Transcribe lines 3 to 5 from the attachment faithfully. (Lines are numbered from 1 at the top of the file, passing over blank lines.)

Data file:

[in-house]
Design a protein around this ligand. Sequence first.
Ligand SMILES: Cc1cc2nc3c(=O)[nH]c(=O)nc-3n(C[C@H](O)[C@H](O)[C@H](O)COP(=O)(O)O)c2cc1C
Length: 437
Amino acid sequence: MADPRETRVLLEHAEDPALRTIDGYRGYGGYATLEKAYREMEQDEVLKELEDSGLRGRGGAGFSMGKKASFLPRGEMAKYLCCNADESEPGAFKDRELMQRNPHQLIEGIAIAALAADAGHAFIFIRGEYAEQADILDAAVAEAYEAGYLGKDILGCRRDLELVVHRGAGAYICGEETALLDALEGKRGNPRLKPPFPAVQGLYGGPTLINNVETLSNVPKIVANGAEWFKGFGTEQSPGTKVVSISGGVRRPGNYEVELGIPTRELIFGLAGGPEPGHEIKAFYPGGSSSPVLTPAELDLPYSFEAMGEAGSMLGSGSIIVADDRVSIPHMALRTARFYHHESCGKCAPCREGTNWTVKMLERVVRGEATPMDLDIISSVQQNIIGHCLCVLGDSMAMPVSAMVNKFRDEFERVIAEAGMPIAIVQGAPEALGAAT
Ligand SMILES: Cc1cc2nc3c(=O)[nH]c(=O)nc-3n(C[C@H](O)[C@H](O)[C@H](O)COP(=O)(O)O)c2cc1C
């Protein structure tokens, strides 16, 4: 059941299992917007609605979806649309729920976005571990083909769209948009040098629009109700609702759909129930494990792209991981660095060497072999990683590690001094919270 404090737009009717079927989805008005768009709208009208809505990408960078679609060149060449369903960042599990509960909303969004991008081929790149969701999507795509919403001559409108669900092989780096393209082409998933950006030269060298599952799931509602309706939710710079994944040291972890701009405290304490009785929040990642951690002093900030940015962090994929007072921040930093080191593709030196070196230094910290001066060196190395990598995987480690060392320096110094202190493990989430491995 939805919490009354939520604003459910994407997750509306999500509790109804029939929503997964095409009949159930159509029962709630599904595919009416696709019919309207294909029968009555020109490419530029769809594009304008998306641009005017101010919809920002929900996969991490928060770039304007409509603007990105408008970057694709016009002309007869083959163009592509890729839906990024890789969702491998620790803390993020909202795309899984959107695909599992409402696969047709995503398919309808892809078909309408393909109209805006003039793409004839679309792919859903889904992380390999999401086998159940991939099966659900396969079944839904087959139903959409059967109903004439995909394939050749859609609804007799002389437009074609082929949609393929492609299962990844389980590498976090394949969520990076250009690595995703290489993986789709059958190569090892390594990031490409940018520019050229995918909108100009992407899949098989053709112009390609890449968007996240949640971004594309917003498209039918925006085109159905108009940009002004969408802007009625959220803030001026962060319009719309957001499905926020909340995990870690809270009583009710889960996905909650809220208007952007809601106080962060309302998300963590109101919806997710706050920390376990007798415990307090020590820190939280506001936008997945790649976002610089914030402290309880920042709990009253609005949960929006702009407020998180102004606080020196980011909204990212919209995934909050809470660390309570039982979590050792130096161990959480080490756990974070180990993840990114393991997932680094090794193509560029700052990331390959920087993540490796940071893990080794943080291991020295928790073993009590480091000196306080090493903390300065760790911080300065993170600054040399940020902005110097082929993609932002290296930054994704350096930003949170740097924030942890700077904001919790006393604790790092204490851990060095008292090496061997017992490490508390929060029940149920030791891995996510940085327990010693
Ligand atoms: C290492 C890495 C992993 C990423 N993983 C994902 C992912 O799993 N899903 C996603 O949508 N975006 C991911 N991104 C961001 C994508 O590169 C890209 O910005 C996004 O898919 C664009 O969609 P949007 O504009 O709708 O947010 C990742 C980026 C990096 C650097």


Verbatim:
Ligand SMILES: Cc1cc2nc3c(=O)[nH]c(=O)nc-3n(C[C@H](O)[C@H](O)[C@H](O)COP(=O)(O)O)c2cc1C
Length: 437
Amino acid sequence: MADPRETRVLLEHAEDPALRTIDGYRGYGGYATLEKAYREMEQDEVLKELEDSGLRGRGGAGFSMGKKASFLPRGEMAKYLCCNADESEPGAFKDRELMQRNPHQLIEGIAIAALAADAGHAFIFIRGEYAEQADILDAAVAEAYEAGYLGKDILGCRRDLELVVHRGAGAYICGEETALLDALEGKRGNPRLKPPFPAVQGLYGGPTLINNVETLSNVPKIVANGAEWFKGFGTEQSPGTKVVSISGGVRRPGNYEVELGIPTRELIFGLAGGPEPGHEIKAFYPGGSSSPVLTPAELDLPYSFEAMGEAGSMLGSGSIIVADDRVSIPHMALRTARFYHHESCGKCAPCREGTNWTVKMLERVVRGEATPMDLDIISSVQQNIIGHCLCVLGDSMAMPVSAMVNKFRDEFERVIAEAGMPIAIVQGAPEALGAAT